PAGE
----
Victor Nuovo on Spinoza: How to read the bible
Editor’s note: This is the tenth in a series of essays on Dutch philosopher Benedict Spinoza.
What is the Bible? It is a book that contains the sacred scriptures of Judaism and Christianity. However, Jews and Christians differ about its meaning, even though, for the most part, they are referring to much the same thing when they use the name “Bible.” A Christian Bible has two parts, whose names “Old Testament” and “New Testament” signify a theological view of human history that I will explain shortly.
The first part, however, is complete in itself; it comprises the Jewish Scriptures. It consists of writings, originally composed in Hebrew, that narrate the history of the ancient Hebrew commonwealth, its rise and fall, and the subsequent exile and dispersal of its people — the Diaspora; interspersed in the narrative and elaborated in accompanying books are reflections on the fate of the nation and expressions of hope for its reestablishment, for it was believed that God would remain faithful to his promise to Abraham to make of his descendants a great nation. That promise marked the beginning of the nation; of equal importance was the subsequent founding of the Hebrew Commonwealth under Moses, who led the descendants of Jacob, Abraham’s grandson, also known as Israel, out of Egypt to the promised land; Moses was not only the founder of the ancient Hebrew state, he was also its chief lawgiver and constitutionalist, and was regarded as the greatest of the Hebrew Prophets, who alone was said to have communicated with God face to face. The founding instruments of the nation and the commonwealth were covenants, between God and the people, they promised mutual fidelity without end. The Hebrew Scriptures are far richer in content than this brief outline can convey, and they rightly count among the world’s classics.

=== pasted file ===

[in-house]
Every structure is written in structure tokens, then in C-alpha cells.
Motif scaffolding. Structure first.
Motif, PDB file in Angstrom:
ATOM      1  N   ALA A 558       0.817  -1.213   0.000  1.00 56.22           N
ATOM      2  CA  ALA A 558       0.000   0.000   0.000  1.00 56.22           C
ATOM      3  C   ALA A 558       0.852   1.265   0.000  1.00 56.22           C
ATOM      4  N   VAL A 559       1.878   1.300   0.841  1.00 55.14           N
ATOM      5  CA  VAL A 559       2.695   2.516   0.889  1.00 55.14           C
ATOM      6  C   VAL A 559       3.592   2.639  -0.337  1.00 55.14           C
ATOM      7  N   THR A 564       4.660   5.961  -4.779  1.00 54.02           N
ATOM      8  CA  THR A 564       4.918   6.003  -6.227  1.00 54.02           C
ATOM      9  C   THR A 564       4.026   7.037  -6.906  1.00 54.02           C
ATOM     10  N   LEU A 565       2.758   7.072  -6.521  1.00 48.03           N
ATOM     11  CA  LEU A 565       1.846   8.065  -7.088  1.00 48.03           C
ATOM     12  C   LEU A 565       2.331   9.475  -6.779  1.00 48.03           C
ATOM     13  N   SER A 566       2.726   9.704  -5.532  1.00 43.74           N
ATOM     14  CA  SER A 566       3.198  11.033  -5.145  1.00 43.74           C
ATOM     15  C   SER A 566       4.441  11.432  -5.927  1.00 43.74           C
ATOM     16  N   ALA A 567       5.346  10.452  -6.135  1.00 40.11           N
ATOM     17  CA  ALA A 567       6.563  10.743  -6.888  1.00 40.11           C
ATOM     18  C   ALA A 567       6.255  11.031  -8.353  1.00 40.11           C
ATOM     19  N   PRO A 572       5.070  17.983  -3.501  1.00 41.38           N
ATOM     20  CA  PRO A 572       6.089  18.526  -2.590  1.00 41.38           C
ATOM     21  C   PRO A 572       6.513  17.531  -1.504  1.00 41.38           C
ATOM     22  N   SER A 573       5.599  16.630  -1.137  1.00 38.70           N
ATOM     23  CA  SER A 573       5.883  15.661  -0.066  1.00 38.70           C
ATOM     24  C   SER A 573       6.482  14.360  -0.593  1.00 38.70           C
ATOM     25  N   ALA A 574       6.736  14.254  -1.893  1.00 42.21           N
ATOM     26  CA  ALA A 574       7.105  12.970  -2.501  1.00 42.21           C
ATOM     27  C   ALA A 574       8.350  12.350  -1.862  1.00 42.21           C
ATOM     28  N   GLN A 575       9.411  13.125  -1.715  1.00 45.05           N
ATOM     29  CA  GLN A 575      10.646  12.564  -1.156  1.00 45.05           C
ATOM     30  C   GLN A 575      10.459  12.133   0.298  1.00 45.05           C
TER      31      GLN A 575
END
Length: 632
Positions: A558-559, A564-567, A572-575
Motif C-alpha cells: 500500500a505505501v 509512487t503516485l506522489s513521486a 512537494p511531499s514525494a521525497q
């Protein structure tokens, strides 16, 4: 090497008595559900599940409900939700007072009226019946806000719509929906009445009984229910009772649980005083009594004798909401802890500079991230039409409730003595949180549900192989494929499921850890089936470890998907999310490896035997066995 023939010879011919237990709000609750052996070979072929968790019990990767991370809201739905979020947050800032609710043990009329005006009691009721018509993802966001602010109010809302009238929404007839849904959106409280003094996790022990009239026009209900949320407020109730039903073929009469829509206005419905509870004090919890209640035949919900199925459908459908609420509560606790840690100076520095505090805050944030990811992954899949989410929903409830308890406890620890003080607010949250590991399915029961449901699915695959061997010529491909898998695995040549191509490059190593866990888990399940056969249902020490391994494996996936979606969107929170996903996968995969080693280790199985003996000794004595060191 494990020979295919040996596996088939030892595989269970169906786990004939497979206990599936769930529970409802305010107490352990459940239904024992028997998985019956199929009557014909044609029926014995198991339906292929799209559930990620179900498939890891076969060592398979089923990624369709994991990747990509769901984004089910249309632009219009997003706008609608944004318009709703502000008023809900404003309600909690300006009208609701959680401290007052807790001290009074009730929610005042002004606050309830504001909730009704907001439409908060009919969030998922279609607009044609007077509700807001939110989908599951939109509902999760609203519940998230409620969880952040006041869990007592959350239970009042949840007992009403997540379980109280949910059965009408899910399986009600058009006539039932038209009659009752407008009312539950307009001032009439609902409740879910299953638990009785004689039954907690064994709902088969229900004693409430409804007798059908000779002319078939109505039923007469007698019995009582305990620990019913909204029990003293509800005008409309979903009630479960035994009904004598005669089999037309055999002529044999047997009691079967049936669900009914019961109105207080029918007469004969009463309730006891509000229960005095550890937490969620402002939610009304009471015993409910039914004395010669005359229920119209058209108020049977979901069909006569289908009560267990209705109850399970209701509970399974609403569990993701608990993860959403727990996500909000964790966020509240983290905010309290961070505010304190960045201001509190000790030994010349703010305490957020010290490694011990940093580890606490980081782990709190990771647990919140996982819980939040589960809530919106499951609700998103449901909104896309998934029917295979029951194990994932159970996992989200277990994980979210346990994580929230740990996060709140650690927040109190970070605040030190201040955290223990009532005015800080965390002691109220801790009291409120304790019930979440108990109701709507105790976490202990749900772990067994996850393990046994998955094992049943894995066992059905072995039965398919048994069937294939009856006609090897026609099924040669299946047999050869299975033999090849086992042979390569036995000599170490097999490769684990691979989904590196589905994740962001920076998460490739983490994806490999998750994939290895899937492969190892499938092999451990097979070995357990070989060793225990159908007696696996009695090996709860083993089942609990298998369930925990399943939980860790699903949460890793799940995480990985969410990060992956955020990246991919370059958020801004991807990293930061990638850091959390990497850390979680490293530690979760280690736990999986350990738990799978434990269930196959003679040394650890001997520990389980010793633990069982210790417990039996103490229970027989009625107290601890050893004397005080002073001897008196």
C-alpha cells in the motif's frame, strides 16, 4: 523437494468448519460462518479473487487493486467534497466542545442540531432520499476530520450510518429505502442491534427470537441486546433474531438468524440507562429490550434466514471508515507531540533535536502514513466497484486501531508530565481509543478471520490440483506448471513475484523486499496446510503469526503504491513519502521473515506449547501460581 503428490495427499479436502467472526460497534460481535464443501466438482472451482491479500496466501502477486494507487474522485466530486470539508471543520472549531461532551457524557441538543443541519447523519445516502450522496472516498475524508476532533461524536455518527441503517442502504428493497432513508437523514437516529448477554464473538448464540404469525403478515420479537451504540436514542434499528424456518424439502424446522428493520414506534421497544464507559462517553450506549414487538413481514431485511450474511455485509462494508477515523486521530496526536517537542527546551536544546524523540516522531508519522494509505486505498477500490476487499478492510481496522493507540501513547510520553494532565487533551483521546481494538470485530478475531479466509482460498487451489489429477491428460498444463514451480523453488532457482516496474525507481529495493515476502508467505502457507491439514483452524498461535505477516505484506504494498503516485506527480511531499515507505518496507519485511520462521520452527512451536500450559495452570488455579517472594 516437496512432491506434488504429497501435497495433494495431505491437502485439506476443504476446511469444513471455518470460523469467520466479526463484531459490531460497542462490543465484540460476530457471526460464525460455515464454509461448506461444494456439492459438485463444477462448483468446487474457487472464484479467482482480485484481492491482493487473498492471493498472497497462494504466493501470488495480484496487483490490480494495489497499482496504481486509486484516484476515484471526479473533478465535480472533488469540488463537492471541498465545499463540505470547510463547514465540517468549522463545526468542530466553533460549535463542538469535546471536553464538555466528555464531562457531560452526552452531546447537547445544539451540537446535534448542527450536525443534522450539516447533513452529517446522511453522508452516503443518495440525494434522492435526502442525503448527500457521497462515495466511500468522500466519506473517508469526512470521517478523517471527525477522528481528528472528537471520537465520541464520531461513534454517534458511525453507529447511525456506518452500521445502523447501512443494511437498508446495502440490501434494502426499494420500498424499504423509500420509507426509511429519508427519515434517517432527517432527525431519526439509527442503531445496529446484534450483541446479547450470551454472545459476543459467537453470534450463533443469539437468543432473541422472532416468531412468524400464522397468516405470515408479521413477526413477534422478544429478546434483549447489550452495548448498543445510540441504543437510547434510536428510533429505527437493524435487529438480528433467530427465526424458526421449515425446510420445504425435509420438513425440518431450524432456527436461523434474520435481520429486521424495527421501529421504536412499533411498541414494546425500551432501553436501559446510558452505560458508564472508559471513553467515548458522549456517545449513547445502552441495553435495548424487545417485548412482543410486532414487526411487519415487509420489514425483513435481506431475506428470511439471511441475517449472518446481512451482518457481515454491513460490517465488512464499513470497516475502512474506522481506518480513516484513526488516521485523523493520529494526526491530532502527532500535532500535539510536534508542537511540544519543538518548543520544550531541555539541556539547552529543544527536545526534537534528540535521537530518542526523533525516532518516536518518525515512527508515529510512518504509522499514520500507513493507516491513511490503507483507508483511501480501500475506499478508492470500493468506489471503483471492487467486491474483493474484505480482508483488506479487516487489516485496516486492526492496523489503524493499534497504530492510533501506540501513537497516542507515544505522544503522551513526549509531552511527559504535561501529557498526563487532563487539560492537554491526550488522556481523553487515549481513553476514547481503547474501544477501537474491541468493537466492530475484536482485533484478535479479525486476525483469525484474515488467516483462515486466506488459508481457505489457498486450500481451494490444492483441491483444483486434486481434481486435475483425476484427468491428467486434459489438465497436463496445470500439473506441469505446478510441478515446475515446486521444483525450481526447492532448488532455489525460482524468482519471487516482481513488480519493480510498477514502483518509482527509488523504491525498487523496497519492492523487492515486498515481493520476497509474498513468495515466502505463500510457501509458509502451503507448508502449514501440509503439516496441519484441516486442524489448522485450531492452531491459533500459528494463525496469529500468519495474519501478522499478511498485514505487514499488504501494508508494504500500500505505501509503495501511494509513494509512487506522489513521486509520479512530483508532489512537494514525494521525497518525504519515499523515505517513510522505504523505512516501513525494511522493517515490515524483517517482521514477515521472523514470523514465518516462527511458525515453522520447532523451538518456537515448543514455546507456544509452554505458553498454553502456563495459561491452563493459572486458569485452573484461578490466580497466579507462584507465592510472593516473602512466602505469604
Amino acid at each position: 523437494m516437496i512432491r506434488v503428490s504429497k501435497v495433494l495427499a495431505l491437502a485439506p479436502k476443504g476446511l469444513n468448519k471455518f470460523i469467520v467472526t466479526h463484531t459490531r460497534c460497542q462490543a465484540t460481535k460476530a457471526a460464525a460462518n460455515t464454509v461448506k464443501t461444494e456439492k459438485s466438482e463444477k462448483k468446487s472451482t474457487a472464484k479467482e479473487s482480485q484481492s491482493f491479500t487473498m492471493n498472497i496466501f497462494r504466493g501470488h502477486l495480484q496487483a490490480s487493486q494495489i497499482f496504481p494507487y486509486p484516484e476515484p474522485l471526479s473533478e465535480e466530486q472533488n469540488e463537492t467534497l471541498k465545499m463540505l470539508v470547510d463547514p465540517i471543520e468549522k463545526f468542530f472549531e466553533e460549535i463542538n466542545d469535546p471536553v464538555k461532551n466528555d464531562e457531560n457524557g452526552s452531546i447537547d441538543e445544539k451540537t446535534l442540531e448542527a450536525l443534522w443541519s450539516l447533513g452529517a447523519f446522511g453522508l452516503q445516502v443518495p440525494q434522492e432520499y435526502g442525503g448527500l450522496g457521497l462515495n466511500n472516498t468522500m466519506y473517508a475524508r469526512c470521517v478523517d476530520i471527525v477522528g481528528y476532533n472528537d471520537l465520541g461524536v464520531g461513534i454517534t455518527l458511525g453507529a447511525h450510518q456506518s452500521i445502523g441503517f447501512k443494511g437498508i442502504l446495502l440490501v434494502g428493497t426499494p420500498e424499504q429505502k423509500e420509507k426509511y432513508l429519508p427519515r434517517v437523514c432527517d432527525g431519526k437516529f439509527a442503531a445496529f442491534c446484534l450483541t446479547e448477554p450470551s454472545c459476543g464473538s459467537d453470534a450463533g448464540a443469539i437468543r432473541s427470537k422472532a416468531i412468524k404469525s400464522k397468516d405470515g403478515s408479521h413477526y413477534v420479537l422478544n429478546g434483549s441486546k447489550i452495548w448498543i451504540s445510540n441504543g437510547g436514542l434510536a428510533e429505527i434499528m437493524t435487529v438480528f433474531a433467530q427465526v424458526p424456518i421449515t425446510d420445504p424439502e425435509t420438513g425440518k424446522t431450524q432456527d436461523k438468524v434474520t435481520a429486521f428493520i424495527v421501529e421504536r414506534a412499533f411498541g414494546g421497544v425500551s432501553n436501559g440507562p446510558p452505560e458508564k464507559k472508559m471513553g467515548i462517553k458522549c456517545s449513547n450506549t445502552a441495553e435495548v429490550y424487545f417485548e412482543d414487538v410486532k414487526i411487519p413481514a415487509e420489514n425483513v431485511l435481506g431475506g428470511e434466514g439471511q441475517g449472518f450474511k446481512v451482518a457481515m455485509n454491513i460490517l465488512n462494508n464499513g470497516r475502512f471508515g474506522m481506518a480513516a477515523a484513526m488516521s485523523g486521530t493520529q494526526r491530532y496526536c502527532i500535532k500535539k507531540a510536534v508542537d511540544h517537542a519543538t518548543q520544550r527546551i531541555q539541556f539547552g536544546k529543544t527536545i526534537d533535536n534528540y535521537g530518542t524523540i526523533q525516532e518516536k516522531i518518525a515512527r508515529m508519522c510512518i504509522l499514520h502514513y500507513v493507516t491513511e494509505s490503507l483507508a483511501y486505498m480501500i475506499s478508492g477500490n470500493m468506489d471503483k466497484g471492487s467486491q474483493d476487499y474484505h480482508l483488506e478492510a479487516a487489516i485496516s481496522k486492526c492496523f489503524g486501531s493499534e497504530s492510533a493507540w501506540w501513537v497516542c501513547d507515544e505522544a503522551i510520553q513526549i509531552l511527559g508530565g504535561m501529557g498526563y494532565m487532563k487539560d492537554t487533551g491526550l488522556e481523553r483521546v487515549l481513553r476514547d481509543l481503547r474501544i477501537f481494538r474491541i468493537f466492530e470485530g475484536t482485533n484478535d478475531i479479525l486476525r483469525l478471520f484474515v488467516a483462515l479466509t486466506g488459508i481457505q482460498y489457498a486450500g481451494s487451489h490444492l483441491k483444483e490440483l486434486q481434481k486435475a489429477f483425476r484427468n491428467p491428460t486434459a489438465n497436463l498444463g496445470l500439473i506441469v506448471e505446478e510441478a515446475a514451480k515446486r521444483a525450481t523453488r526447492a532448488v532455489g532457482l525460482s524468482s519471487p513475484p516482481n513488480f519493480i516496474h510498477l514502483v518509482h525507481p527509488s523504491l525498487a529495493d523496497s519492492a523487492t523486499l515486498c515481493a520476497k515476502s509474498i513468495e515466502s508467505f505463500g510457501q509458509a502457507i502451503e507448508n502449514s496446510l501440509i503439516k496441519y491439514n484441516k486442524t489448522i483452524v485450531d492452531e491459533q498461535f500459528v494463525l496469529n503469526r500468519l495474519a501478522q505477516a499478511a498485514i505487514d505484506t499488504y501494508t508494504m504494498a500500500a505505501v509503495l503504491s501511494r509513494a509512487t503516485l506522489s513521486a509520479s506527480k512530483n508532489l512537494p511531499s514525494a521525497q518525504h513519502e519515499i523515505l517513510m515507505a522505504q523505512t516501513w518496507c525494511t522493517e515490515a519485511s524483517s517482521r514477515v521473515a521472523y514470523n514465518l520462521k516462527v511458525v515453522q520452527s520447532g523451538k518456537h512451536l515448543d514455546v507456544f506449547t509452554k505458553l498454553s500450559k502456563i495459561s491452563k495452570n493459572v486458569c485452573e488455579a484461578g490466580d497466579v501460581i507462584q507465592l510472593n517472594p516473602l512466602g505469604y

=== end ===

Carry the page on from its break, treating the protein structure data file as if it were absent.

The New Testament consists of founding documents of the Christian Church; they were originally composed in Greek. The name signifies a new covenant, which Christians believed replaced the covenant with Moses. It was believed that Jesus of Nazareth was sent by God to establish a new people, gathered from all the nations of the earth, and that this new nation, called the Church, or Gathering, would replace the nation of Israel as heir to the divine promises made to Abraham and Moses. Like Moses, Jesus was depicted as a lawgiver, and like Moses, he was supposed to have performed miracles to demonstrate his divine vocation. Jesus had another title “Messiah,” or “Christ,” that is, the anointed one, whose coming was supposed to be a turning point in the history of the world.